China has replaced the U.S. as the world’s largest consumer of energy. The Ministry of Housing and Urban-Rural Development (MOHURD)’s latest data shows that China’s building sector accounts for around one-third of its final energy consumption (MOHURD, 2016). Particularly in northern China, the cold climate exerts pressure on its central heating system, which is responsible for a total energy consumption of about four hundred million tons of standard coal equivalent (TCE) (National Development and Reform Commission, 2017). Due to the growing population, economic development, and increasing standards of living, China expects that building energy use will escalate in the coming years. As a result of rapid urbanization, China’s building stock nearly tripled from 1995 to 2005, and it is estimated to nearly triple again by 2030 (Global Buildings Performance Network, 2013). There are a large number of existing buildings that perform poorly in terms of energy, wasting resources and polluting the environment. In order to overcome big challenges in energy conservation and the reduction in carbon dioxide emissions, promoting the energy efficiency of existing buildings should be of great use.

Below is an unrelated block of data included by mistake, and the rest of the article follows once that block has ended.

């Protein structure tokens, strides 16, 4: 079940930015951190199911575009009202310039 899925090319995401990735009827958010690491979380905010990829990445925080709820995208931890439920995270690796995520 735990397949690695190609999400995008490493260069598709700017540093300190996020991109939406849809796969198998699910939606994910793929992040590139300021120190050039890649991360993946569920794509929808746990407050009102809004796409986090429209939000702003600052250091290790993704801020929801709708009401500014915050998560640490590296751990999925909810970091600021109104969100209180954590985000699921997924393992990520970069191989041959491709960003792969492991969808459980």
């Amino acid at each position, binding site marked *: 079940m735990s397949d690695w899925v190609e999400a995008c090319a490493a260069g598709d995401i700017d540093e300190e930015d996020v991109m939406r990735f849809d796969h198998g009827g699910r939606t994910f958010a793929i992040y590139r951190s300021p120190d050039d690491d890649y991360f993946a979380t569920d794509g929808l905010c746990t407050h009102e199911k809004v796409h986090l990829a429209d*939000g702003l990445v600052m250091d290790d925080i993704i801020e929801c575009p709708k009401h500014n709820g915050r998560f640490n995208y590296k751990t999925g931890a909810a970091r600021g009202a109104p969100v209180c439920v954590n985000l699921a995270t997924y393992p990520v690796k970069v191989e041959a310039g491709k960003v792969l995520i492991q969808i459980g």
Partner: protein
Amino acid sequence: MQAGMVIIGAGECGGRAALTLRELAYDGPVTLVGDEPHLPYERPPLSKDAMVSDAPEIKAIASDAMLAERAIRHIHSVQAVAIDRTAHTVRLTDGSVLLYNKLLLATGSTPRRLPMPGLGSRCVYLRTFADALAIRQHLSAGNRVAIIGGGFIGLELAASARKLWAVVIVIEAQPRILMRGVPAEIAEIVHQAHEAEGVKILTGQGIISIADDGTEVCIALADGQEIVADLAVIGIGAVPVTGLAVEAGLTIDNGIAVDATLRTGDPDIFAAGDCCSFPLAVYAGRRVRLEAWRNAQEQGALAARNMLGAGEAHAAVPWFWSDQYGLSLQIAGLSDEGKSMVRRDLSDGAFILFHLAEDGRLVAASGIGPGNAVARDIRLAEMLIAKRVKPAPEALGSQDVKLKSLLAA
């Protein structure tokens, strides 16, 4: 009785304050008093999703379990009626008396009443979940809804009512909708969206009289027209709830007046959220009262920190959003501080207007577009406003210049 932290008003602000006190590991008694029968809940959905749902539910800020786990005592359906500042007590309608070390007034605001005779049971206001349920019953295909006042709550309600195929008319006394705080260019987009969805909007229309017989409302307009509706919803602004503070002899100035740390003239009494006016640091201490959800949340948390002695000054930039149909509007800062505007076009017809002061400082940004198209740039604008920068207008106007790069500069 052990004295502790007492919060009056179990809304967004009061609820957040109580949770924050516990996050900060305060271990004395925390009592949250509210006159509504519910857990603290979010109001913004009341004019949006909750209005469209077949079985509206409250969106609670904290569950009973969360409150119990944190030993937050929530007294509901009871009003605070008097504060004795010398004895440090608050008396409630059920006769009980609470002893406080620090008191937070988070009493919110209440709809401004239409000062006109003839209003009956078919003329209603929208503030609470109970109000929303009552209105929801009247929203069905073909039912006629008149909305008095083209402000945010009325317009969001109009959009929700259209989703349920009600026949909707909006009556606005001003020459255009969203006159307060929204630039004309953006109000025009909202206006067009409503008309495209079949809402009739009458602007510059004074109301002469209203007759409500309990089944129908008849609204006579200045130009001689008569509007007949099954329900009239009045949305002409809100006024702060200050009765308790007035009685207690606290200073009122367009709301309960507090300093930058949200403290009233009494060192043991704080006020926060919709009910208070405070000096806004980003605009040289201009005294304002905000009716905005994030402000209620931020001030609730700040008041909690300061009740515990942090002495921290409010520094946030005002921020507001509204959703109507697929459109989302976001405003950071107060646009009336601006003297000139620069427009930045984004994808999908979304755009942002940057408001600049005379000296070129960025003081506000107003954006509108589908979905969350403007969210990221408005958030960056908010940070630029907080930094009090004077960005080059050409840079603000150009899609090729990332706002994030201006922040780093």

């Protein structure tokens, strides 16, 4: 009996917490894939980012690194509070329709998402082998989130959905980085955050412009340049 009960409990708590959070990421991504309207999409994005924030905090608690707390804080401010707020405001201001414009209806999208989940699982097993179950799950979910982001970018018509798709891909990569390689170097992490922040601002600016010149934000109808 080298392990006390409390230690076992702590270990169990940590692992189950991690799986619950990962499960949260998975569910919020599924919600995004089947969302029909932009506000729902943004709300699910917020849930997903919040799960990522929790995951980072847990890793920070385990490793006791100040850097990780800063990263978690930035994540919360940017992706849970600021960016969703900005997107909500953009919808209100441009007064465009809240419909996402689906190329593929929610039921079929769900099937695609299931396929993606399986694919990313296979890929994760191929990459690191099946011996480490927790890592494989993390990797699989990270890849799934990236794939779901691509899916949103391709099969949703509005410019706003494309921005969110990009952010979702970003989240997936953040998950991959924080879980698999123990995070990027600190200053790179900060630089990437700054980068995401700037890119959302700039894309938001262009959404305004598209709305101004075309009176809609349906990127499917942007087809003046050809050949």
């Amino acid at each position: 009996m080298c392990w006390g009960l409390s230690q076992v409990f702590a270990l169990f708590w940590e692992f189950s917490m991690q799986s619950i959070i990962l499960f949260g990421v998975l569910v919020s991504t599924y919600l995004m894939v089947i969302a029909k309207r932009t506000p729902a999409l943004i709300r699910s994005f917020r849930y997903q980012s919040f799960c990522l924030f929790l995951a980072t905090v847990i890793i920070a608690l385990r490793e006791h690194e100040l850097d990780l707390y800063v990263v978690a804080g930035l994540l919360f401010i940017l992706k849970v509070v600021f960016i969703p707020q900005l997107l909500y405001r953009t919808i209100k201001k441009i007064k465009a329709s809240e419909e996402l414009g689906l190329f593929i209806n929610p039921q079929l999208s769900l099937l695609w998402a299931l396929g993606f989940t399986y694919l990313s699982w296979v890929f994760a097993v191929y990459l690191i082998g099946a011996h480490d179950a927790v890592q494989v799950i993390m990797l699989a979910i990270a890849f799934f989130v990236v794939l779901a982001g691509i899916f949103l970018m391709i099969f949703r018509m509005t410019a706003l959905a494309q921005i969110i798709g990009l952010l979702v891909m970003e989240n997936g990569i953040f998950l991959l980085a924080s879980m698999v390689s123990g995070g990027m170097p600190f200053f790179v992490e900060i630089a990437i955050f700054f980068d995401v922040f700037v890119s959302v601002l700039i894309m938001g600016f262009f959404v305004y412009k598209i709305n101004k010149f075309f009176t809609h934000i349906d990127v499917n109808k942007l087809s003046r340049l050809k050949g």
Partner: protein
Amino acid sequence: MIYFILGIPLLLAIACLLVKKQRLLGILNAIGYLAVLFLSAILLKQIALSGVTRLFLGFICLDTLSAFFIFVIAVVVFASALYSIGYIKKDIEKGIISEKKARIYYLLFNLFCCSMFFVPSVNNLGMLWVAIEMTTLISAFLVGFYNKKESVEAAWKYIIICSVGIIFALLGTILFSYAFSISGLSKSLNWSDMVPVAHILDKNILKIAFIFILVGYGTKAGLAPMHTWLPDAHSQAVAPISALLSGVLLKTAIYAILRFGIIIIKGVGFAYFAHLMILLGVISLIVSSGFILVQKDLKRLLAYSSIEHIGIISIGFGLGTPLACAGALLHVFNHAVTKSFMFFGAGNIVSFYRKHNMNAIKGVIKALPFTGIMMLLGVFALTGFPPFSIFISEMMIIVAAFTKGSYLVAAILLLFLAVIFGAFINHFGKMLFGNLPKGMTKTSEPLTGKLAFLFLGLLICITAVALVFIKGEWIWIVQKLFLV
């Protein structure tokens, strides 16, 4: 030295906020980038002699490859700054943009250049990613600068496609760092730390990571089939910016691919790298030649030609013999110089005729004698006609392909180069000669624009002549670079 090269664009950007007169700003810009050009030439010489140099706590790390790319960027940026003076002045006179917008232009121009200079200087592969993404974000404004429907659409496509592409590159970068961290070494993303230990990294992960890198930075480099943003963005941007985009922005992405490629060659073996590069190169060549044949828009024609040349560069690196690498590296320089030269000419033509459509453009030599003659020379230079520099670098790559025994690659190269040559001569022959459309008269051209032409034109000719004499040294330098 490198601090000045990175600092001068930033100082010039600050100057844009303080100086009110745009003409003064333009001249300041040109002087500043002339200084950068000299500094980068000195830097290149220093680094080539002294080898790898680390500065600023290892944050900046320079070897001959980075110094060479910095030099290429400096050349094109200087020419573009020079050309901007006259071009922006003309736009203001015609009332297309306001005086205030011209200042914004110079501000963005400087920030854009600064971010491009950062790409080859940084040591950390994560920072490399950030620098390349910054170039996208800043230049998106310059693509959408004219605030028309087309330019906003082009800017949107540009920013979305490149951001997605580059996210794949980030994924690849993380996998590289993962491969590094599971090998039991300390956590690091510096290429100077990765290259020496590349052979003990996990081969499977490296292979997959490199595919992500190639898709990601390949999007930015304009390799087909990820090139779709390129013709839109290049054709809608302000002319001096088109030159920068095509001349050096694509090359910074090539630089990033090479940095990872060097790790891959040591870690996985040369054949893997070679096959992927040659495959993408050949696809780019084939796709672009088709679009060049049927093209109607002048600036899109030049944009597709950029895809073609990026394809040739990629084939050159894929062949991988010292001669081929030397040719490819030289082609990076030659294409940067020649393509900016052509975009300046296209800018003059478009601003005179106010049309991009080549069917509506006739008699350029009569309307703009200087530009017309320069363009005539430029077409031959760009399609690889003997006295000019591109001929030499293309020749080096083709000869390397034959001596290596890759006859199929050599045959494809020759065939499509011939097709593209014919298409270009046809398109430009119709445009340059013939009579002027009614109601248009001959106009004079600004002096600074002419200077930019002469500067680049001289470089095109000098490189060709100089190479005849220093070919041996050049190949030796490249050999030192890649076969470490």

This thesis aims to provide solutions for improving the energy efficiency of existing residential buildings in northern China. Using data from a typical residential building in Beijing, the biggest city in northern China, an energy model is built and analyzed. Models with different energy-saving strategies are then presented to investigate practical and potential solutions with regards to energy efficiency and cost.
Department, Program, or Center
Julius J. Chiavaroli
Dennis A. Andrejko
Kang, Zhengyu, "Improving Energy Efficiency Performance of Existing Residential Building in Northern China" (2019). Thesis. Rochester Institute of Technology. Accessed from
RIT – Main Campus